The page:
Democrats in Lancaster county, South Carolina made a bold move on Monday, submitting the name of their local party chairman Keith T. Grey as a last-minute candidate for the S.C. House of Representatives. Grey is seeking the District 45 (.pdf) seat currently held by Republican Brandon Newton – a 25-year-old college staffer seeking his third term in office.
The problem? Sir Isaac Newton’s third law of motion – “for every action, there is an equal and opposite reaction” – took effect almost immediately.
Local Republicans countered by submitting the name of their own party chair – Sandy McGarry – as a candidate to run against state representative Mandy Powers Norrell, who represents neighboring S.C. House District 44 (.pdf).
No other candidates filed for either of these two districts, meaning there will be no competitive primary races. The general election battle for each seat will pit party chair versus incumbent lawmaker.
According to our sources, neither Newton nor Norrell were engaged in the local party drama that resulted in the legislative challengers filing to run against them. In fact, both reportedly declined to support such challenges against their border rivals.
Which party is most likely to derive some benefit from the looming Lancaster “border wars?”
The GOP is unlikely to lose Newton’s seat – but it could mount a credible challenge against Norrell, who was her party’s nominee for lieutenant governor in 2018.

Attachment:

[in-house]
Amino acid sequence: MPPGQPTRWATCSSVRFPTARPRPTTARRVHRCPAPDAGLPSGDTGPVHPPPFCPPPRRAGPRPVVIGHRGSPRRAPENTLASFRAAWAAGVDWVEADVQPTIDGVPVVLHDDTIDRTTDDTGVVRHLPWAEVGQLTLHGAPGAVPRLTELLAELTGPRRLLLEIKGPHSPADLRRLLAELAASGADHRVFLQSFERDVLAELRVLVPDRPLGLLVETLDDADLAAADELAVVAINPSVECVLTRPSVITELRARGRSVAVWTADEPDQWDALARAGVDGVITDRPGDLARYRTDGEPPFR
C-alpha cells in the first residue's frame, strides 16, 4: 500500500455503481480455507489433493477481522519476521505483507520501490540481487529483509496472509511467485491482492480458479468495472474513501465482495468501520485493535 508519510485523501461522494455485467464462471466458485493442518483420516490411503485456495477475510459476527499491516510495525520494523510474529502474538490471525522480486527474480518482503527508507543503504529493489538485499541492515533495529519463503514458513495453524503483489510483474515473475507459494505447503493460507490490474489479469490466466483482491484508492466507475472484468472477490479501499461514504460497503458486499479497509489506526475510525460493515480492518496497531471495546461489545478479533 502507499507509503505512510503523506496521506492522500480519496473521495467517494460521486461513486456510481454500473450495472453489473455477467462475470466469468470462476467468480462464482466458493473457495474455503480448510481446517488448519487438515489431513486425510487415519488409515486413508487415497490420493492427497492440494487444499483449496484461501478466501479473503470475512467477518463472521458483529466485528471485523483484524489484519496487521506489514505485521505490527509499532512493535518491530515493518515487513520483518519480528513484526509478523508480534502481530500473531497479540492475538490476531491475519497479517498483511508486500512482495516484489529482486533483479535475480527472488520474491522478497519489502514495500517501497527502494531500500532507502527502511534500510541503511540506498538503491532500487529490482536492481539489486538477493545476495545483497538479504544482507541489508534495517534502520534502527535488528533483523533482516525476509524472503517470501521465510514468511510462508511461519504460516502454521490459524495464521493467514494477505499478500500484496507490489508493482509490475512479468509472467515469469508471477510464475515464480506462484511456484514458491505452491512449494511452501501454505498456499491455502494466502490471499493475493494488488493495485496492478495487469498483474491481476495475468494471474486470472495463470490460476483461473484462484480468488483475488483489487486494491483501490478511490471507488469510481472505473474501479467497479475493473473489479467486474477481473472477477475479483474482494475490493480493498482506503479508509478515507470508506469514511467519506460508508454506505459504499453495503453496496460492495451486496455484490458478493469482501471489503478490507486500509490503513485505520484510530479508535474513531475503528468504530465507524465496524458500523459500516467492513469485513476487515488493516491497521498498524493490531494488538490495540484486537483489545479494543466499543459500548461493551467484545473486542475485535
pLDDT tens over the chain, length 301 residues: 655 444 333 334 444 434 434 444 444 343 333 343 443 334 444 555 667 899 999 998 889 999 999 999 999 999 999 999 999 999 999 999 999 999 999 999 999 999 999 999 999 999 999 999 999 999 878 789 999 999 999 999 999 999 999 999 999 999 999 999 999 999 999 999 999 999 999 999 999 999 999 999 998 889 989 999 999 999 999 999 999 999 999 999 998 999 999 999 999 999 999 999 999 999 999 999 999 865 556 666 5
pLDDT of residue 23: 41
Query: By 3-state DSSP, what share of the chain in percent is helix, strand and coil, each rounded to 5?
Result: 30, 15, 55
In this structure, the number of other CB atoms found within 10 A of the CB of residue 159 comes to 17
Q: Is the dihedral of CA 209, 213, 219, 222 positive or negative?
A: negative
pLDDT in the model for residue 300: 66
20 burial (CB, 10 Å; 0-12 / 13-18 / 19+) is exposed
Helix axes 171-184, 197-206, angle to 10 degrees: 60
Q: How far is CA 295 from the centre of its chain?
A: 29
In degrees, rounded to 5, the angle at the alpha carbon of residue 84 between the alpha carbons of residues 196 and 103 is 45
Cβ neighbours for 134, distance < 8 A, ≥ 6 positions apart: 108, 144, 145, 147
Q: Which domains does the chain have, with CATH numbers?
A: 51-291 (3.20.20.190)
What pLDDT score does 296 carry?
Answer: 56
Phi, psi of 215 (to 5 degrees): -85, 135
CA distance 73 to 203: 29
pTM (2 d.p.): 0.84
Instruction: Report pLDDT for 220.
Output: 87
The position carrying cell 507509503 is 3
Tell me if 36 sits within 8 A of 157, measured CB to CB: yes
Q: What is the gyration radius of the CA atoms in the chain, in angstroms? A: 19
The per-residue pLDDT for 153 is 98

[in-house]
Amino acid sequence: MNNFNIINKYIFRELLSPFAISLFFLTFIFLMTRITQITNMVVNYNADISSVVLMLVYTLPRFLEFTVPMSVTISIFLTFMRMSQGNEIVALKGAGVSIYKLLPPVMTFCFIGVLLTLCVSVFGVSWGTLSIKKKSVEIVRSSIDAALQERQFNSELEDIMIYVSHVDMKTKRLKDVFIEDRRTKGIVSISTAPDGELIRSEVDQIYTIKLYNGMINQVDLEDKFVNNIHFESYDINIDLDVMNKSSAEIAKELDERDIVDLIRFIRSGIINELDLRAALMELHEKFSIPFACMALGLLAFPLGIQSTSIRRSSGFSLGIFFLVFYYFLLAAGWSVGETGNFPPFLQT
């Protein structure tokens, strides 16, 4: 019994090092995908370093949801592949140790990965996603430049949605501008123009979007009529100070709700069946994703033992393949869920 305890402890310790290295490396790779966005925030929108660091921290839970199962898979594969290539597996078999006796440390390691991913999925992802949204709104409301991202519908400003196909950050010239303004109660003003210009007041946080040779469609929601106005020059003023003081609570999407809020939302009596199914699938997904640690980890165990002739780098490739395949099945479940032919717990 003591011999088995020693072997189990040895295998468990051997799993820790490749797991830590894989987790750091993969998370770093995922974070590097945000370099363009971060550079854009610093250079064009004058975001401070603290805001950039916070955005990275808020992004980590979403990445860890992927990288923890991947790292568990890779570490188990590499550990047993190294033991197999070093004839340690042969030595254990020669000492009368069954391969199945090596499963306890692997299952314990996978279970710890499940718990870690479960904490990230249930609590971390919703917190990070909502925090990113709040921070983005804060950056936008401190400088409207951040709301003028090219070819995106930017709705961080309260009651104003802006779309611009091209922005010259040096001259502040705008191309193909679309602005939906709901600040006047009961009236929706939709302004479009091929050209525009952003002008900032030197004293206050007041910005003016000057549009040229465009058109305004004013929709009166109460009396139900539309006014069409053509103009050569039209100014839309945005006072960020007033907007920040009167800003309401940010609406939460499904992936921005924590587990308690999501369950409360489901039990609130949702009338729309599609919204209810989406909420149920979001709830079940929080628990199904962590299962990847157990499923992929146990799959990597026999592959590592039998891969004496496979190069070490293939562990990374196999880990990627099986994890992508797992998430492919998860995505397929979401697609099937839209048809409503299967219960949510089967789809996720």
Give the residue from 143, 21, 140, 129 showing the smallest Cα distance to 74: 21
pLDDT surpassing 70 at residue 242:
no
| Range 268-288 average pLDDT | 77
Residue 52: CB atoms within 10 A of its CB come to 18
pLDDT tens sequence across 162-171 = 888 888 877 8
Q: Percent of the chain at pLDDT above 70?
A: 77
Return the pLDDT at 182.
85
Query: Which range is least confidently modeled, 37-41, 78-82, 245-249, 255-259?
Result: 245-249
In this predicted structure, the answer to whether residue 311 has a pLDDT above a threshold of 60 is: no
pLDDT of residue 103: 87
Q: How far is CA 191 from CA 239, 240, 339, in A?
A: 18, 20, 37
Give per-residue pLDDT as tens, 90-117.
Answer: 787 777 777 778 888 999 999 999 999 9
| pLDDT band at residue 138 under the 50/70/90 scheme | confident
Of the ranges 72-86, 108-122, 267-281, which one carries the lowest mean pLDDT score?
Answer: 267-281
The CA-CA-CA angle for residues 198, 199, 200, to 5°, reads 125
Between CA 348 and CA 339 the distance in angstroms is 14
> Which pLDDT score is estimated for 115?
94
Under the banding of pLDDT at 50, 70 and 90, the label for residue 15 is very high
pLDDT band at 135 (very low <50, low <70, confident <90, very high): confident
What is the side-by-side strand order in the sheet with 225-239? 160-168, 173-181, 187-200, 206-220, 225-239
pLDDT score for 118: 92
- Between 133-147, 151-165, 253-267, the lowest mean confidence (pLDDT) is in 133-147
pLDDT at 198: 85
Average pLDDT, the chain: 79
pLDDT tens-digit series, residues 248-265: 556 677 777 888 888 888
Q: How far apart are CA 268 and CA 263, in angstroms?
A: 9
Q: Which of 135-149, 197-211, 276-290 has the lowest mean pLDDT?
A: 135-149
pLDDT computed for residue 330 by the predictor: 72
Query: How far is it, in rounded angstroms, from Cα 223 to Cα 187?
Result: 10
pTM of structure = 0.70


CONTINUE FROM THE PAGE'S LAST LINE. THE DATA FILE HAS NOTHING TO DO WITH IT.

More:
“Her people created a very difficult situation for her,” one ranking Republican lawmaker told us, referring to the local filing drama.
That’s true …
U.S. president Donald Trump carried the district Norrell represents with 58.4 percent of the vote in 2016 – making it a potential top takeover target for the GOP. Still, the 46-year-old attorney was not challenged last fall. In fact, she has not been challenged since she won this seat back in 2012 – drawing 56.8 percent of the vote in that election.
One reason? Norrell remains tremendously popular in her district with voters of both parties, and has drawn considerable independent support thanks to her leadership on the issue of decriminalizing medical marijuana.
She is also well-regarded among lawmakers of both parties at the S.C. State House, which could help limit the level of institutional support McGarry receives.
(Click to view)
As for Newton (above, left), Trump carried his district with 60.4 percent of the vote in 2016 and he has easily dispatched Democratic challengers in each of the last two elections – drawing 65.7 percent of the vote in 2016 and 62.5 percent of the vote in 2018.
We expect him to easily dispatch Grey, as well …
In the interest of full disclosure, Norrell has represented this news outlet in legal matters and is a close friend of our founding editor Will Folks – whose family has deep roots in Lancaster, S.C.
Having said that, our news outlet has an open microphone policy – which we look forward to extending to Norrell, McGarry, Newton and Grey (and anyone looking to weigh in substantively on their candidacies) over the course of this election.
Every single seat in the 170-member S.C. General Assembly is up for election in 2020. That includes all 46 S.C. Senate districts and all 124 seats in the S.C. House of Representatives. Unfortunately, very few of these seats are ever contested – and even fewer are contested credibly.
Filing for these offices closed yesterday (Monday, March 30, 2020) at 12:00 p.m. EDT. Partisan primary elections are currently scheduled for June 9, 2020 – with runoff elections scheduled for two weeks later, June 23, 2020.
In South Carolina partisan primary races featuring three or more candidates, if no one receives a majority of votes (fifty percent plus one vote) a runoff election is held two weeks later between the top two vote-getters.
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